# Introduction to Maple (Math 502) Assignments

#### Spring Semester, 2008

Thu., May. 8:
Final Examination: 4:00 – 6:00

Blog of last minute questions (PDF for printing —classical HTML for terminal window browsing)
Note: this page may have changed since the last time you looked at it. Therefore, reload it each time you look at it.

Wed., May. 7:
Office hours: 3:00 – 5:00
Tue., May. 6:
Last regular class meeting. Bring questions for review.
Thu., May. 1:
Written Assignment No. 5 (PDF for printing —classical HTML for terminal window browsing) is due.
Tue., April. 29:
1. Convert the word “sage” to its vector of ASCII codes and then use El Gamal encryption for multiplicative arithmetic modulo the prime 257 to encrypt these values using the formula

 x  :-->  [b^{k},  x · c^{k}] (mod 257)

where b = 102 and c = 150 employing for the 4 characters the 4 successive values k = 11, 12, 13, 14.

2. How can the word “sage” be recovered from the four pairs of values modulo 257 that were obtained in the preceding exercise?

3. A message is waiting for you at the url

 http://math.albany.edu/~hammond/maple/pvc .
The El Gamal key for decoding it as 950. What is the content of the message?

Added after the class: Solution of Exercise 3 (PDF for printing —classical HTML for terminal window browsing).

Thu., April. 24:
Do these these exercises (PDF for printing —classical HTML for terminal window browsing).
Tues., Apr. 22:
Thu., April. 17:
Written Assignment No. 4 (PDF for printing —classical HTML for terminal window browsing) is due.
Tue., April. 15:

Become familiar with the functions for cubic curves found at the course's code archive, http://www.albany.edu/~hammond/maple/.

Use this introduction (PDF for printing —classical HTML for terminal window browsing) as a beginning guide.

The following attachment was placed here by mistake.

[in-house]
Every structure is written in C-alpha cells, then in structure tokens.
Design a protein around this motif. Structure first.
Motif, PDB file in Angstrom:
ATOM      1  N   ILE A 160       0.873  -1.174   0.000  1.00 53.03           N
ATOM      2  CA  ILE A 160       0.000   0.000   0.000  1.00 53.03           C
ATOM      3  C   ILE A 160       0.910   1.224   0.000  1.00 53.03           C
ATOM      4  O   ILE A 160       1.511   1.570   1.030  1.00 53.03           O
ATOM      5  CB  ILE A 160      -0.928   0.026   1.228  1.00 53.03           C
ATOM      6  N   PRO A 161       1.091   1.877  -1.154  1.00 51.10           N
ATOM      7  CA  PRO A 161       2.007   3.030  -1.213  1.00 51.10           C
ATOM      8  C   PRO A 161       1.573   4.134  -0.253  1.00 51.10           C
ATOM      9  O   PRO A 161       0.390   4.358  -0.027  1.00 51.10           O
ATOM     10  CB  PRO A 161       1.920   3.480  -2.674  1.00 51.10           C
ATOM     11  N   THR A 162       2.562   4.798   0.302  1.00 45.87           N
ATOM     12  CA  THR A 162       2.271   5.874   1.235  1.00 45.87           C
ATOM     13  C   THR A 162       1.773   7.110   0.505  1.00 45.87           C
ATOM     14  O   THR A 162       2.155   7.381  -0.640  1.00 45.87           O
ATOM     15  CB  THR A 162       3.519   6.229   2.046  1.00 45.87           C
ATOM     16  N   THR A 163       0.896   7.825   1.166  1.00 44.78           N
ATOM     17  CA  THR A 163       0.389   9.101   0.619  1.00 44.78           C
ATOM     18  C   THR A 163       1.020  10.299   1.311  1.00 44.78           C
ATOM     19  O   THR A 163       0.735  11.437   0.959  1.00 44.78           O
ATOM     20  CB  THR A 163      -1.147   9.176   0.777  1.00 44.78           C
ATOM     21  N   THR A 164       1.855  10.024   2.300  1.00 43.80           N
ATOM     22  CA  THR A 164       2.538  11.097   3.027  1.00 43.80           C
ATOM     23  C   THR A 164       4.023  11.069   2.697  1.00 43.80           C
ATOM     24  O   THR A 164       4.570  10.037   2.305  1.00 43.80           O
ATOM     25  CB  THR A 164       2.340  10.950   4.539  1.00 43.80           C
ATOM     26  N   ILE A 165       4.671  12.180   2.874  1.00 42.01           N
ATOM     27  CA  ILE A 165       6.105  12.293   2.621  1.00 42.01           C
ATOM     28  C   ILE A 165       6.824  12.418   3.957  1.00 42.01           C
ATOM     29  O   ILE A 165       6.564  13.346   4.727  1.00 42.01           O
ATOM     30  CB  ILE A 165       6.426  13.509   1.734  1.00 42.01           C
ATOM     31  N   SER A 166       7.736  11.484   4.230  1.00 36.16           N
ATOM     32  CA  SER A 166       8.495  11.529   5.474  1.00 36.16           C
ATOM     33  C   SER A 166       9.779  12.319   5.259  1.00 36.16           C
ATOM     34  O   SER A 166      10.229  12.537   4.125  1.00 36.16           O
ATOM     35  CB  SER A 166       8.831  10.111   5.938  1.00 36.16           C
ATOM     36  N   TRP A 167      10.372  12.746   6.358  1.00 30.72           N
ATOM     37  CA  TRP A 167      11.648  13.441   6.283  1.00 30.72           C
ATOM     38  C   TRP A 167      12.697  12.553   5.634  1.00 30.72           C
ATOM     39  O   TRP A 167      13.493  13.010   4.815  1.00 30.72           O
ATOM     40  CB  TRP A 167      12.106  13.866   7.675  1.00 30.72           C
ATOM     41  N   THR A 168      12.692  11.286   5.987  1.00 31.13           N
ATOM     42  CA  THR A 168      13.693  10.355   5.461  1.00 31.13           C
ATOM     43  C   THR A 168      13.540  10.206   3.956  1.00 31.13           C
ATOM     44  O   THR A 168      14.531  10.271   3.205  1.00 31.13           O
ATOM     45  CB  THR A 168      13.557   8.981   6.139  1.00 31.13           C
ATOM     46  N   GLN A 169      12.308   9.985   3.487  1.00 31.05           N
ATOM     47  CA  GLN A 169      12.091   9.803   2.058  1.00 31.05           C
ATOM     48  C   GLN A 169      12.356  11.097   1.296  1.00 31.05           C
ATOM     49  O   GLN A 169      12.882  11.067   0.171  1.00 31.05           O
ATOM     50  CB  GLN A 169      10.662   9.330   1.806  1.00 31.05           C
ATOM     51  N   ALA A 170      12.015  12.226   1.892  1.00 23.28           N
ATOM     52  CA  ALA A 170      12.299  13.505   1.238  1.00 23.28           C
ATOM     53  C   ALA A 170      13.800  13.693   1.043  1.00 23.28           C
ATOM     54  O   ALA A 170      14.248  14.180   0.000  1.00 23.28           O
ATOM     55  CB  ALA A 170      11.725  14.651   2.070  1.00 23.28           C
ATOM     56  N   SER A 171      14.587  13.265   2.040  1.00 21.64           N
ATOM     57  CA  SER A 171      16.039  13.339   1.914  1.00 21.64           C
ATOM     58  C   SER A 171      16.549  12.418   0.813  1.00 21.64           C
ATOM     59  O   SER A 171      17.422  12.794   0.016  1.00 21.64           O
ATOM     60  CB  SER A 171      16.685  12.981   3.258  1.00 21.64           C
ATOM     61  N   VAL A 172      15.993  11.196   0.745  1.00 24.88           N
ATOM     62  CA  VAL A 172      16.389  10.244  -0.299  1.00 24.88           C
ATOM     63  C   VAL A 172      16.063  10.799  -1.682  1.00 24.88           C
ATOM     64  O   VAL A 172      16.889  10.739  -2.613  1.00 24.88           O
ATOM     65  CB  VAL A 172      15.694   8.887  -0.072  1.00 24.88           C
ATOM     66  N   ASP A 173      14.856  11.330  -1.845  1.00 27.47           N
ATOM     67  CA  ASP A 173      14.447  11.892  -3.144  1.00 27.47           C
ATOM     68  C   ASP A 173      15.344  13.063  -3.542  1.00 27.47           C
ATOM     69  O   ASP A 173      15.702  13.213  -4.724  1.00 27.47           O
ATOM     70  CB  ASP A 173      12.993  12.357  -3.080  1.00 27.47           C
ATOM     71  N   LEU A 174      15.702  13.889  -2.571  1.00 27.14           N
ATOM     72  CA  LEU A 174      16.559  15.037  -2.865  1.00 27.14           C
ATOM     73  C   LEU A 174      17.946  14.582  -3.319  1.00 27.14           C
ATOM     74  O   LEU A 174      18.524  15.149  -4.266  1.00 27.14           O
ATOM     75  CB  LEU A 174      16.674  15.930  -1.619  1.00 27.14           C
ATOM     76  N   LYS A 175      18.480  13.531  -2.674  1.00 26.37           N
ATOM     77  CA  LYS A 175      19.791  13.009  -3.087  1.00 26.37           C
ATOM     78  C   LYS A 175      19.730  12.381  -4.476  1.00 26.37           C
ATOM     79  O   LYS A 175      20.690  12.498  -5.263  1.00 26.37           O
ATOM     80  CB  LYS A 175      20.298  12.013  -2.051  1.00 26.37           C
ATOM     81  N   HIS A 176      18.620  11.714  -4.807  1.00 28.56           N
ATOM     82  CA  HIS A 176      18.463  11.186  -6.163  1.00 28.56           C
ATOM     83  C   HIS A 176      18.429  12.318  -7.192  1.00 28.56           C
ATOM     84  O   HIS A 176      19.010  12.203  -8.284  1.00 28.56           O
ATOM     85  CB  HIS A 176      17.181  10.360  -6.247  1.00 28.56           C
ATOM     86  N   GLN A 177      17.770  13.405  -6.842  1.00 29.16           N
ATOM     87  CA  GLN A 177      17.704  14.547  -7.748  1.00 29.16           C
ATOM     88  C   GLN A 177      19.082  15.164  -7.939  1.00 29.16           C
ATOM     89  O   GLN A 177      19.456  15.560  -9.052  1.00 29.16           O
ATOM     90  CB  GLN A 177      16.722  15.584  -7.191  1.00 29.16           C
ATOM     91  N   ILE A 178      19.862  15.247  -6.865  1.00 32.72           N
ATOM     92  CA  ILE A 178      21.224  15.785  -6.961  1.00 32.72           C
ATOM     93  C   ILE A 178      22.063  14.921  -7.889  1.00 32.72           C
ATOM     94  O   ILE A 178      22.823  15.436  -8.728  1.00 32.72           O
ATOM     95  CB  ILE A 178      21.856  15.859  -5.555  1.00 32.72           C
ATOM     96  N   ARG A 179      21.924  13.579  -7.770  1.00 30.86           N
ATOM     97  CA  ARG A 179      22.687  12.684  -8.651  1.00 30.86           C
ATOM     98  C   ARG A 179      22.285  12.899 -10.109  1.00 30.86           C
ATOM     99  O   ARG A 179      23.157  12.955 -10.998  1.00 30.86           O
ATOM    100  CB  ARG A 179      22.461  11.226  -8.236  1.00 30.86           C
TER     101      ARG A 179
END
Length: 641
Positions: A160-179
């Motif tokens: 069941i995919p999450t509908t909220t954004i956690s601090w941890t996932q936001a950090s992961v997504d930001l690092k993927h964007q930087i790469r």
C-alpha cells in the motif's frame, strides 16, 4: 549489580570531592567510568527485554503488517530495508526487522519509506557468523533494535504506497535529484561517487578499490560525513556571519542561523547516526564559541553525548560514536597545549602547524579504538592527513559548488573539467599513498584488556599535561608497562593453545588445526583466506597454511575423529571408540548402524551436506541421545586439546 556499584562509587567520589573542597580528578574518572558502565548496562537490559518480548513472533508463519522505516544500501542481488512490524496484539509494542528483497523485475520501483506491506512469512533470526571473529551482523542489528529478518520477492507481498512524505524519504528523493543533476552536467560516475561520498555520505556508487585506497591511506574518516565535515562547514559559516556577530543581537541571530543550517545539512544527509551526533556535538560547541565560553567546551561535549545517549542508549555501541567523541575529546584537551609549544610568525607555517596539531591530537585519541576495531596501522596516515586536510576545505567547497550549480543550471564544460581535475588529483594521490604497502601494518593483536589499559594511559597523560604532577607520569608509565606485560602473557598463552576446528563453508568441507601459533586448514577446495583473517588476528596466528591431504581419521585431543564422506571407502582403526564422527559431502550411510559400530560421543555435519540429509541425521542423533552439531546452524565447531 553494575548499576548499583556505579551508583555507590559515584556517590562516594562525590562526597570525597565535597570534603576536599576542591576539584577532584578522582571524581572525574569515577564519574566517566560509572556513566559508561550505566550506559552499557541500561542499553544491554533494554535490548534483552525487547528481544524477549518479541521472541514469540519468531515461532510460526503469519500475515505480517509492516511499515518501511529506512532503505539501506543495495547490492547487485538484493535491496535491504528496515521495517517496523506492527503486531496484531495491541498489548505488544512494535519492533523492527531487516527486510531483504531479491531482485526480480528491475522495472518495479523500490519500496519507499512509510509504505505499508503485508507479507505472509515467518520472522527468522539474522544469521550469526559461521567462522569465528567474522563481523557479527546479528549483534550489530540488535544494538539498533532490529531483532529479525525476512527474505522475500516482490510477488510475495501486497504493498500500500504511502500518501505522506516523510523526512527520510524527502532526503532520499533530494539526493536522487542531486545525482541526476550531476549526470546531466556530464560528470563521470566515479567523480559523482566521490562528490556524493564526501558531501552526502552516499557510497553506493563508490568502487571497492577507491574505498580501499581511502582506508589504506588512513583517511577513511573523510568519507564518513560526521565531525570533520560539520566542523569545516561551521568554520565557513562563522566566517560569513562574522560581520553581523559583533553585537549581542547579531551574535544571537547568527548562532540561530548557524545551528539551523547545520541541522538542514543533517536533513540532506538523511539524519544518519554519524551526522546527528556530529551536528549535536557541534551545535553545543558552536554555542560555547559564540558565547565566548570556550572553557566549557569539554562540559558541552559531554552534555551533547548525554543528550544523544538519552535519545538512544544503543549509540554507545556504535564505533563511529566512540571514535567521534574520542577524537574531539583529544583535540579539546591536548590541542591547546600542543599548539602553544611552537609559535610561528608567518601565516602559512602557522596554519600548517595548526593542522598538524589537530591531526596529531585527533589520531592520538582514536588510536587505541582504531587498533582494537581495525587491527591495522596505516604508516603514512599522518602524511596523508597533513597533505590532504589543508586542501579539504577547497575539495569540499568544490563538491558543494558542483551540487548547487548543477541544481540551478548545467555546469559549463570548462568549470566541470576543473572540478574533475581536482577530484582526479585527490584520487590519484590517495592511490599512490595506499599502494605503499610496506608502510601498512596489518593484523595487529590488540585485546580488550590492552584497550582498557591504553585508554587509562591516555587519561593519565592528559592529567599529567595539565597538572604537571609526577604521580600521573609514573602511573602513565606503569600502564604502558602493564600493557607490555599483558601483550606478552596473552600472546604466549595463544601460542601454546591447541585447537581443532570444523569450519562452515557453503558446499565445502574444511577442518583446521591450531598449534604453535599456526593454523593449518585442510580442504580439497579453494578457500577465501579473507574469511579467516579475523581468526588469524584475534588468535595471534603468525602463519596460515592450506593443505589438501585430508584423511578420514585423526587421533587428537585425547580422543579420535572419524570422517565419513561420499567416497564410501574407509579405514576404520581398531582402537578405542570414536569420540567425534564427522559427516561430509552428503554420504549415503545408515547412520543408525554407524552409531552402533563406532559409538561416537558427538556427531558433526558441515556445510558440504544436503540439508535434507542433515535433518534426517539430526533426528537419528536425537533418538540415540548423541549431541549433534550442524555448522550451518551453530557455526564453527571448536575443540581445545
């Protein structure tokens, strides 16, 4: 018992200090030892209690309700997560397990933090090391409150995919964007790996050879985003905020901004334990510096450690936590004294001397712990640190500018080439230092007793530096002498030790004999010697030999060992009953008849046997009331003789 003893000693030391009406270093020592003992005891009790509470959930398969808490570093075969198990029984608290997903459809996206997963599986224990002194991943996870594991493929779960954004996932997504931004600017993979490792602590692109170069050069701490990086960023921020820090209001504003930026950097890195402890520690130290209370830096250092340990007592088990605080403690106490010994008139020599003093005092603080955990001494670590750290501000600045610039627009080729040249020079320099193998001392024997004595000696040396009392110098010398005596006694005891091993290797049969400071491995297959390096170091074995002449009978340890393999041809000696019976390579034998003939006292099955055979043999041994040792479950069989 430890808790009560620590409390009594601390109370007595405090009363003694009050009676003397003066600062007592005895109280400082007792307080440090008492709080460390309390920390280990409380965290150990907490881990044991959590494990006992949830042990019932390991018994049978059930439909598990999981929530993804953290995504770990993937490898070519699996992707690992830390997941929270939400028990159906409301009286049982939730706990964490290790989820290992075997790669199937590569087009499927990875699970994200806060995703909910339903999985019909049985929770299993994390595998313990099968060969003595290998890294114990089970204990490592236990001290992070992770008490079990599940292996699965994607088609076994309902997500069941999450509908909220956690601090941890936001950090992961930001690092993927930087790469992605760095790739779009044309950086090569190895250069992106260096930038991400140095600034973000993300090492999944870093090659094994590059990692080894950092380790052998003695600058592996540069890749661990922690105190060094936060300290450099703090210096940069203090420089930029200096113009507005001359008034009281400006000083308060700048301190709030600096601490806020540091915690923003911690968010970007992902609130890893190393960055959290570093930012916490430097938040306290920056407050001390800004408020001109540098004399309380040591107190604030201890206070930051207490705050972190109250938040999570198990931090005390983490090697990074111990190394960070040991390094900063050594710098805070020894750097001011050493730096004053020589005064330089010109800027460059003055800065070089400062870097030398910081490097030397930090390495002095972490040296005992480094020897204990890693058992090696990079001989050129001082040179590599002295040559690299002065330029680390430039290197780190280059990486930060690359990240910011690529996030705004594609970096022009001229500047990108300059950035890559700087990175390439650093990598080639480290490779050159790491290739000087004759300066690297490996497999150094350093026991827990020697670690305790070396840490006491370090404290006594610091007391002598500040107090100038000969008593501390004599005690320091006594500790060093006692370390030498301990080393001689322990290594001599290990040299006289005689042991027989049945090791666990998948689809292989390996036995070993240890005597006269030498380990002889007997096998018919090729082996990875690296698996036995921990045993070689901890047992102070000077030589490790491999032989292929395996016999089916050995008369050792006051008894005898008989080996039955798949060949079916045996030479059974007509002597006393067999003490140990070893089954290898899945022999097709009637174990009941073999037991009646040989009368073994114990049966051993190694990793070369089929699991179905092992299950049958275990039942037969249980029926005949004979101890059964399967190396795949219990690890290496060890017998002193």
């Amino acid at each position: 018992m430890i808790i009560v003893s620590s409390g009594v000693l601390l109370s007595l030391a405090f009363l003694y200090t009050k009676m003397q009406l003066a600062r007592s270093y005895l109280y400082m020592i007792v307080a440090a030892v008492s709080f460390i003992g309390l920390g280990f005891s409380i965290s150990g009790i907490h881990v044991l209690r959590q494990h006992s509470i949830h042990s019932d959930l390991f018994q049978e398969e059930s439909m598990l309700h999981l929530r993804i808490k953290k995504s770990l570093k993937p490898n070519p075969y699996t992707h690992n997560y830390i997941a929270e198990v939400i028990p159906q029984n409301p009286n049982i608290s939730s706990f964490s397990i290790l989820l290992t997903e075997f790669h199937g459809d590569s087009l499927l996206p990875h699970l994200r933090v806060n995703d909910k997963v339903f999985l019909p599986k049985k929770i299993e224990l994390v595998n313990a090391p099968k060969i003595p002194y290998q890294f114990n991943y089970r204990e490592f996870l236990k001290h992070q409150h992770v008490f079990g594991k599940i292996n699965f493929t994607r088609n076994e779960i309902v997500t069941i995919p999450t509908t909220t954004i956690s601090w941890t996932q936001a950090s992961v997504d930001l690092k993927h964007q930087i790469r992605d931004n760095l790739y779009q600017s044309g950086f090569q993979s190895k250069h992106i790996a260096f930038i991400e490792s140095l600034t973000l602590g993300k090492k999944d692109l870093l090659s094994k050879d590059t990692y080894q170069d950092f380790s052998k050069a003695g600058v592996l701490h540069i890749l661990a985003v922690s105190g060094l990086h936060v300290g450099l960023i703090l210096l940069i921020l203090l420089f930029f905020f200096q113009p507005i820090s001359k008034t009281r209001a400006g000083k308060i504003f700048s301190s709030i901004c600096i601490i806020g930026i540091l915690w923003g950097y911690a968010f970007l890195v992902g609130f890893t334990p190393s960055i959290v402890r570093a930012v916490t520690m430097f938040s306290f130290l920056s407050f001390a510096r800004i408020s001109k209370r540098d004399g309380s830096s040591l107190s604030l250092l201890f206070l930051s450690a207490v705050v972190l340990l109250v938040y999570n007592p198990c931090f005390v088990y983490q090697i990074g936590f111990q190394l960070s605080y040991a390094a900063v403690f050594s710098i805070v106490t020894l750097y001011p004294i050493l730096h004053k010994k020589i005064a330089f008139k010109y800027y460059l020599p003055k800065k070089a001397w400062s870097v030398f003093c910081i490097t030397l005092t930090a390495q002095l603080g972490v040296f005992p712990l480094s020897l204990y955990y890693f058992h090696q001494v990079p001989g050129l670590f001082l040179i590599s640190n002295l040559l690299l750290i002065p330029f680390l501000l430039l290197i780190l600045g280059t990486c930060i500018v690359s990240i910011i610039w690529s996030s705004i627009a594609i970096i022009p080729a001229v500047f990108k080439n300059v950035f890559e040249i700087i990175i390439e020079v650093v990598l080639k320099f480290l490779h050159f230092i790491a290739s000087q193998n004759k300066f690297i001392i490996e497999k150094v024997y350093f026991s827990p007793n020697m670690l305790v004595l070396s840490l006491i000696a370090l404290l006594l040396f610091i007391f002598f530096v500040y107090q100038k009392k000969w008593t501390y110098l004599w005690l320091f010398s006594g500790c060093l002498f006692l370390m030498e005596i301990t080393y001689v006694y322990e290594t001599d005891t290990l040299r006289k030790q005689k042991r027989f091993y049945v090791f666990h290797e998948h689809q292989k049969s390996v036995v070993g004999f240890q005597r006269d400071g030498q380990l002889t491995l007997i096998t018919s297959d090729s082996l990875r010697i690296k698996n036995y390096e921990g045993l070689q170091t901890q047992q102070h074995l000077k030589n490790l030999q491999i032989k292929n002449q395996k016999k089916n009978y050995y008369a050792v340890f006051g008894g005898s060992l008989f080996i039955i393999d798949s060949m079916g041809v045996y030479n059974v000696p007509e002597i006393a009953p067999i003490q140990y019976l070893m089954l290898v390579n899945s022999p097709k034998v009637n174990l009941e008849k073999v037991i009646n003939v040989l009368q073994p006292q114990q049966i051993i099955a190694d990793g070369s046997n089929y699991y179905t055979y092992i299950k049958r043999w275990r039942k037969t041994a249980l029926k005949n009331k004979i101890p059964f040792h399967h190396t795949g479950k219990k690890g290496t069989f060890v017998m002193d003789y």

Thu., April. 10:
Study the slides (also available as PDF or DVI or classical HTML) about addition of points on cubic curves.
Tue., Apr. 8:
Thu., Apr. 3:
Written Assignment No. 3 (PDF for printing —classical HTML for terminal window browsing) is due.
Tue., Apr. 1:
Tue., Thu., Mar. 25, 27:
No classes: university recess.
Thu., Mar. 20:
Read: §§ 7.4 – 7.6, 8.6 – 8.8
1. Do these: 188: 3, 4, 5

2. Explore the Maple function for finding primitive roots mod m, which is numtheory[primroot].

3. Let p be the prime 128^{15} + 39. Without trying to solve determine which of the following two congruence equations is solvable:

 2^{m}EQUIV 11 (mod p)   ਊnd    11^{n}EQUIV 2 (mod p)    .

Are you able to solve the solvable one?

Tue., Mar. 18:
Thu., Mar. 13:
Tue., Mar. 11:
Midterm Test (in class)
Thu., Mar. 6:
Bring review questions
Tue., Mar. 4:
Written Assignment No. 2 (PDF for printing —classical HTML for terminal window browsing) is due.
Code for vector shifting of the type used in problem 5 may be found at http://www.albany.edu/~hammond/maple/.
Thu., Feb. 28:
Tue., Feb. 26:
Announcement: The midterm test will be held on Tuesday, March 11.
Scan: Chapter 4
Exercises:
Thu., Feb. 21:
Exercises:
1. Study the formulas and do the exercise found in this web page (PDF for printing —classical HTML for terminal window browsing).

2. What rational number is represented in base 8 by the vector triple

 (u, v, w)  =  ([2], [1], [1, 5, 4, 6, 6, 3, 3])  ?

Tue., Feb. 19:
No class; the University will be in recess.
Thu., Feb. 14:
Exercises:
Tue., Feb. 12:
Written Assignment No. 1 (PDF for printing —classical HTML for terminal window browsing) is due.
Thu., Feb. 7:
Exercises:
Tue., Feb. 5:
Exercises:

Online slides (Firefox or IE+MathPlayer or PDF) for the class are available.

Thu., Jan. 31:
Exercises:

Post assignment: online slides (Firefox or IE+MathPlayer or PDF) for the last exercise are available.

Tue., Jan. 29:
Acquire the textbook. Read through chapter 1, and try some of what is sketched there for yourself in Maple.

About free general purpose computer algebra systems: The following items were found through a web search, but none of them have been reviewed.

Axiom

Axiom has been in development since 1973 and was sold as a commercial product. It has been released as free software under the Modified BSD License. It is sponsored by CAISS, the Center for Algorithms and Interactive Scientific Software, at The City College of New York.
Maxima

Maxima is a descendant of Macsyma, the computer algebra system developed in the late 1960s at the Massachusetts Institute of Technology. It is free under the GNU General Public License subject to some export restrictions from the U.S. Department of Energy. A proprietary version of Macsyma is also available.
SAGE

SAGE is something relatively new that is not a computer algebra system but rather a free unifying framework for various computer algebra systems, free and non-free, such as Maple, Mathematica, Axiom, Maxima, and a number of specialist systems. SAGE can be operated, even across the network (though usually not without permission), in the window of a web browser.

Thu., Jan. 24:
First meeting: No assignment.